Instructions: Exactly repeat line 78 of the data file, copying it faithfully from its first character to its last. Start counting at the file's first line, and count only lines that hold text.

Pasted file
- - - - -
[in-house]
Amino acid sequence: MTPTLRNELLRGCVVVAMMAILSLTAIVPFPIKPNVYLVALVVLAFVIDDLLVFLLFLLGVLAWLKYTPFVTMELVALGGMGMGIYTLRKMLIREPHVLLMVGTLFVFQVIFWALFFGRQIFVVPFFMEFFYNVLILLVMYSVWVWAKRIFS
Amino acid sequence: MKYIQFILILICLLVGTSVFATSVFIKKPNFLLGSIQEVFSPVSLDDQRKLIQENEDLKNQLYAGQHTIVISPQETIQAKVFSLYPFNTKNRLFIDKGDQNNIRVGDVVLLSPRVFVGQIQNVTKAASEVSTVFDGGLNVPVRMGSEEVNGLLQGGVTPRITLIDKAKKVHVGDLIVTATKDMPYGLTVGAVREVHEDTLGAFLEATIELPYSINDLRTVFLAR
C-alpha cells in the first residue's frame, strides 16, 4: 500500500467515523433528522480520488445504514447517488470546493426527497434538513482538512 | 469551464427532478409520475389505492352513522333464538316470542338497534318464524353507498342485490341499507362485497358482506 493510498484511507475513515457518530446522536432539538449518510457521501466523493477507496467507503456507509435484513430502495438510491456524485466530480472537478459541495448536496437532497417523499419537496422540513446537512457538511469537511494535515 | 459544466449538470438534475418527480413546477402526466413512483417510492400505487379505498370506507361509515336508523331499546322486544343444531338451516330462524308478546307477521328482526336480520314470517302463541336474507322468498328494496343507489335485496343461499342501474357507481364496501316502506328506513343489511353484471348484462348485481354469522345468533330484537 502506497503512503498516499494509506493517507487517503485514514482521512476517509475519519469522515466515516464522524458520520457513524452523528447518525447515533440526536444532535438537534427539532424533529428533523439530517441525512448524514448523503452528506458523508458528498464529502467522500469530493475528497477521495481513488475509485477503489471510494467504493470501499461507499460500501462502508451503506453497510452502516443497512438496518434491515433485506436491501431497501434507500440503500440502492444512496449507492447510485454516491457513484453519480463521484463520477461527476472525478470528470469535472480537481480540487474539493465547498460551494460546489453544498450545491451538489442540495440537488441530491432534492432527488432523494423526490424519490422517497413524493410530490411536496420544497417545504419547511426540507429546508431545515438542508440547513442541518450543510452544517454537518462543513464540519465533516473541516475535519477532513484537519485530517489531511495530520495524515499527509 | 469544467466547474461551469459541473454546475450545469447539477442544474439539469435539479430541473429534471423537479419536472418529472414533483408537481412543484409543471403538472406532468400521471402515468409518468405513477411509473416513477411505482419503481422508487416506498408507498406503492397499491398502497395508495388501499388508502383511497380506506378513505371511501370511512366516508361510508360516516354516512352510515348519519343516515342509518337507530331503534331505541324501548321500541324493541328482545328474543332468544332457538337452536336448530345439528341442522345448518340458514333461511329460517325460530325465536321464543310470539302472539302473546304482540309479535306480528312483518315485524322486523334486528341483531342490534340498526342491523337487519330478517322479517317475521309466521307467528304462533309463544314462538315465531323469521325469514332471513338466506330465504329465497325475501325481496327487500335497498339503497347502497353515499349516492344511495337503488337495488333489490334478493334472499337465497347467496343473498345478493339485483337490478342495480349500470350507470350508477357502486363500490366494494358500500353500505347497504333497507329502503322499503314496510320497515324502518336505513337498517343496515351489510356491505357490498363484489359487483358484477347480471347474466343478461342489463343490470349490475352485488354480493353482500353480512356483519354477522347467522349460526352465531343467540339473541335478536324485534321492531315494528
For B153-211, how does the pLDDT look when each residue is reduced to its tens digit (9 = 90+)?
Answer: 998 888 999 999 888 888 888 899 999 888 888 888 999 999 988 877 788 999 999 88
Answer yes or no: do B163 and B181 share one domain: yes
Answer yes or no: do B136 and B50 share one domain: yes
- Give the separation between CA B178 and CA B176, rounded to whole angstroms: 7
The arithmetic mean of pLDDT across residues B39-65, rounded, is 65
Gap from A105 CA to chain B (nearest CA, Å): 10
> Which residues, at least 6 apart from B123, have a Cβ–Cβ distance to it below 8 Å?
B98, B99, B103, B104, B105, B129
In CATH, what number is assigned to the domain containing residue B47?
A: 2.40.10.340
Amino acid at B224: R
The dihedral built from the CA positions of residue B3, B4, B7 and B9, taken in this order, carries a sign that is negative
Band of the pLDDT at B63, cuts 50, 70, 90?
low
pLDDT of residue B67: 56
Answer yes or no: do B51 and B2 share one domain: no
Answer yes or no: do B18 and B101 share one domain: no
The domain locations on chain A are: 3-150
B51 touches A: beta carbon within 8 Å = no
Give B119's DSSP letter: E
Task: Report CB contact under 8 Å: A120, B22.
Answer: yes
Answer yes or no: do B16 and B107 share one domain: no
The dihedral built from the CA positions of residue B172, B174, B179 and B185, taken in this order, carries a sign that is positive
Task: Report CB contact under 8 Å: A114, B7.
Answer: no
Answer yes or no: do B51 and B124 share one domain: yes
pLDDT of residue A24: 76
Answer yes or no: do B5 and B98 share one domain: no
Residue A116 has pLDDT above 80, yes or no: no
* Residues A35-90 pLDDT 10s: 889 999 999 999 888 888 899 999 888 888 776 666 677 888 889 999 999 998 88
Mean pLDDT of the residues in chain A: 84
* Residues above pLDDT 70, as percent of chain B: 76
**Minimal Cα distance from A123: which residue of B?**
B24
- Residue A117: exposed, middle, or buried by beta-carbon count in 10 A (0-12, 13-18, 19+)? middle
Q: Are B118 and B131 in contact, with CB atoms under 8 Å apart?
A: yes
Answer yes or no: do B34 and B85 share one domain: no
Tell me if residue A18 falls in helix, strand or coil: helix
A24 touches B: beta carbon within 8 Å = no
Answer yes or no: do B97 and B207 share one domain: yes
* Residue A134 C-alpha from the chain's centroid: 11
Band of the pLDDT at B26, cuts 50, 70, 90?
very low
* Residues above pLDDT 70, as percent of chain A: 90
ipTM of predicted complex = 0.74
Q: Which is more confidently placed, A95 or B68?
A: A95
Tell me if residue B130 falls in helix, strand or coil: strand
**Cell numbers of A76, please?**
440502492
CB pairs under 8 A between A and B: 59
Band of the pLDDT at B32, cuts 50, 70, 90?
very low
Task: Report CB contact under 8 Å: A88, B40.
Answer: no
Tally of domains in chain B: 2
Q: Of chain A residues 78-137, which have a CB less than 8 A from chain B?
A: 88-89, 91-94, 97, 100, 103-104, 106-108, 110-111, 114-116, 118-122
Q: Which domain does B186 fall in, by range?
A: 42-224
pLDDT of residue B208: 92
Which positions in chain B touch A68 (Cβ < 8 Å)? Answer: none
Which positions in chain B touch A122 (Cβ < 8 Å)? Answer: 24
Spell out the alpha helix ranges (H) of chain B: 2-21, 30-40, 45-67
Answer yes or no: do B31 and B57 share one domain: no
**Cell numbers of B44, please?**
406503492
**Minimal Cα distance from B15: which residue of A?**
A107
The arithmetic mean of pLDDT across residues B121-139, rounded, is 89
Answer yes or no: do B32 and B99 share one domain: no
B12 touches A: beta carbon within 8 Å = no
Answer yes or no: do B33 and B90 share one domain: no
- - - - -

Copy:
Answer yes or no: do B32 and B99 share one domain: no